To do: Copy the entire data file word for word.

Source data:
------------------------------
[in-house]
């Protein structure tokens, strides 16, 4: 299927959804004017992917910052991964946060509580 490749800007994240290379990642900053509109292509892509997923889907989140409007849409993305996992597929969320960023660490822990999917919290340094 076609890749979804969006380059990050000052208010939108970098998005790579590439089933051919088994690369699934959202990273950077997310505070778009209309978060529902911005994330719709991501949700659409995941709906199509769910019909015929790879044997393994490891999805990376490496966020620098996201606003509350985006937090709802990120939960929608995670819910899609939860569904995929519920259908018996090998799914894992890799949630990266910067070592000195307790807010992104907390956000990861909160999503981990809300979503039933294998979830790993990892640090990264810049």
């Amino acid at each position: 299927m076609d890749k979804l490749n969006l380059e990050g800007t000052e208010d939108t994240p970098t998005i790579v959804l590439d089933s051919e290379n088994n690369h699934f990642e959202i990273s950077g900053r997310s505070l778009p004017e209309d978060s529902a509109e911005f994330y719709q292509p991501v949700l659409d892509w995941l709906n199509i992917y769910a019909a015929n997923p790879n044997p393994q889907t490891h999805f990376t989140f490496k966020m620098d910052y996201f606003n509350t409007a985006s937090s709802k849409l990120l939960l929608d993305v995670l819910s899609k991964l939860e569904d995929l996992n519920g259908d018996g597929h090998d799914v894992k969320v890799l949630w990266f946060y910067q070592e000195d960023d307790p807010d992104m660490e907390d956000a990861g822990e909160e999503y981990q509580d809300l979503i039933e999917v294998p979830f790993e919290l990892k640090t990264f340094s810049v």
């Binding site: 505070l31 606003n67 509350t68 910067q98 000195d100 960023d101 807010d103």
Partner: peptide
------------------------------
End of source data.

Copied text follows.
[in-house]
């Protein structure tokens, strides 16, 4: 299927959804004017992917910052991964946060509580 490749800007994240290379990642900053509109292509892509997923889907989140409007849409993305996992597929969320960023660490822990999917919290340094 076609890749979804969006380059990050000052208010939108970098998005790579590439089933051919088994690369699934959202990273950077997310505070778009209309978060529902911005994330719709991501949700659409995941709906199509769910019909015929790879044997393994490891999805990376490496966020620098996201606003509350985006937090709802990120939960929608995670819910899609939860569904995929519920259908018996090998799914894992890799949630990266910067070592000195307790807010992104907390956000990861909160999503981990809300979503039933294998979830790993990892640090990264810049």
């Amino acid at each position: 299927m076609d890749k979804l490749n969006l380059e990050g800007t000052e208010d939108t994240p970098t998005i790579v959804l590439d089933s051919e290379n088994n690369h699934f990642e959202i990273s950077g900053r997310s505070l778009p004017e209309d978060s529902a509109e911005f994330y719709q292509p991501v949700l659409d892509w995941l709906n199509i992917y769910a019909a015929n997923p790879n044997p393994q889907t490891h999805f990376t989140f490496k966020m620098d910052y996201f606003n509350t409007a985006s937090s709802k849409l990120l939960l929608d993305v995670l819910s899609k991964l939860e569904d995929l996992n519920g259908d018996g597929h090998d799914v894992k969320v890799l949630w990266f946060y910067q070592e000195d960023d307790p807010d992104m660490e907390d956000a990861g822990e909160e999503y981990q509580d809300l979503i039933e999917v294998p979830f790993e919290l990892k640090t990264f340094s810049v």
């Binding site: 505070l31 606003n67 509350t68 910067q98 000195d100 960023d101 807010d103």
Partner: peptide